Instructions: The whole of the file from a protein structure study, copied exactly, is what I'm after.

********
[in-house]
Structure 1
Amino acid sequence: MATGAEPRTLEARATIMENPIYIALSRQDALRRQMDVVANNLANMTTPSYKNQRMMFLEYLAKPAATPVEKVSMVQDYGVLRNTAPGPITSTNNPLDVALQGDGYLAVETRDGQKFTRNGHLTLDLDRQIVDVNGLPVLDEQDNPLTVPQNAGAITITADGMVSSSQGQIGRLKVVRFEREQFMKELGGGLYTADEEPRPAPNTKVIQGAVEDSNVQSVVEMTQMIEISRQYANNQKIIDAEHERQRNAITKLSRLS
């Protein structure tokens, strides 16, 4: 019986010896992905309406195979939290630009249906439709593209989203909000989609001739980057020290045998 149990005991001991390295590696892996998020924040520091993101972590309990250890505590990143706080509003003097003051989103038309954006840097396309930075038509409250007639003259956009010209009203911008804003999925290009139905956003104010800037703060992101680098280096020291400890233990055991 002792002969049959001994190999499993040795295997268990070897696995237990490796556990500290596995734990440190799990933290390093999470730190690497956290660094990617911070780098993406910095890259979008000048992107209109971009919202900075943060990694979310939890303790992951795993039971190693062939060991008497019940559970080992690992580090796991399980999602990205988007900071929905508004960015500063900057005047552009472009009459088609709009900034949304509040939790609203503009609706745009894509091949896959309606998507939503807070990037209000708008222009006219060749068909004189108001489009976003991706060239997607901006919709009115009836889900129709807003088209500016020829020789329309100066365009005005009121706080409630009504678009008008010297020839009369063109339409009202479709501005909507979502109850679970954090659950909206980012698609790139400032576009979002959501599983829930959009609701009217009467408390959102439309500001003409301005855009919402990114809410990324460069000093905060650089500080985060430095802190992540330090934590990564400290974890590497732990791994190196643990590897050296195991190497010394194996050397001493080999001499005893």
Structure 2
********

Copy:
[in-house]
Structure 1
Amino acid sequence: MATGAEPRTLEARATIMENPIYIALSRQDALRRQMDVVANNLANMTTPSYKNQRMMFLEYLAKPAATPVEKVSMVQDYGVLRNTAPGPITSTNNPLDVALQGDGYLAVETRDGQKFTRNGHLTLDLDRQIVDVNGLPVLDEQDNPLTVPQNAGAITITADGMVSSSQGQIGRLKVVRFEREQFMKELGGGLYTADEEPRPAPNTKVIQGAVEDSNVQSVVEMTQMIEISRQYANNQKIIDAEHERQRNAITKLSRLS
């Protein structure tokens, strides 16, 4: 019986010896992905309406195979939290630009249906439709593209989203909000989609001739980057020290045998 149990005991001991390295590696892996998020924040520091993101972590309990250890505590990143706080509003003097003051989103038309954006840097396309930075038509409250007639003259956009010209009203911008804003999925290009139905956003104010800037703060992101680098280096020291400890233990055991 002792002969049959001994190999499993040795295997268990070897696995237990490796556990500290596995734990440190799990933290390093999470730190690497956290660094990617911070780098993406910095890259979008000048992107209109971009919202900075943060990694979310939890303790992951795993039971190693062939060991008497019940559970080992690992580090796991399980999602990205988007900071929905508004960015500063900057005047552009472009009459088609709009900034949304509040939790609203503009609706745009894509091949896959309606998507939503807070990037209000708008222009006219060749068909004189108001489009976003991706060239997607901006919709009115009836889900129709807003088209500016020829020789329309100066365009005005009121706080409630009504678009008008010297020839009369063109339409009202479709501005909507979502109850679970954090659950909206980012698609790139400032576009979002959501599983829930959009609701009217009467408390959102439309500001003409301005855009919402990114809410990324460069000093905060650089500080985060430095802190992540330090934590990564400290974890590497732990791994190196643990590897050296195991190497010394194996050397001493080999001499005893």
Structure 2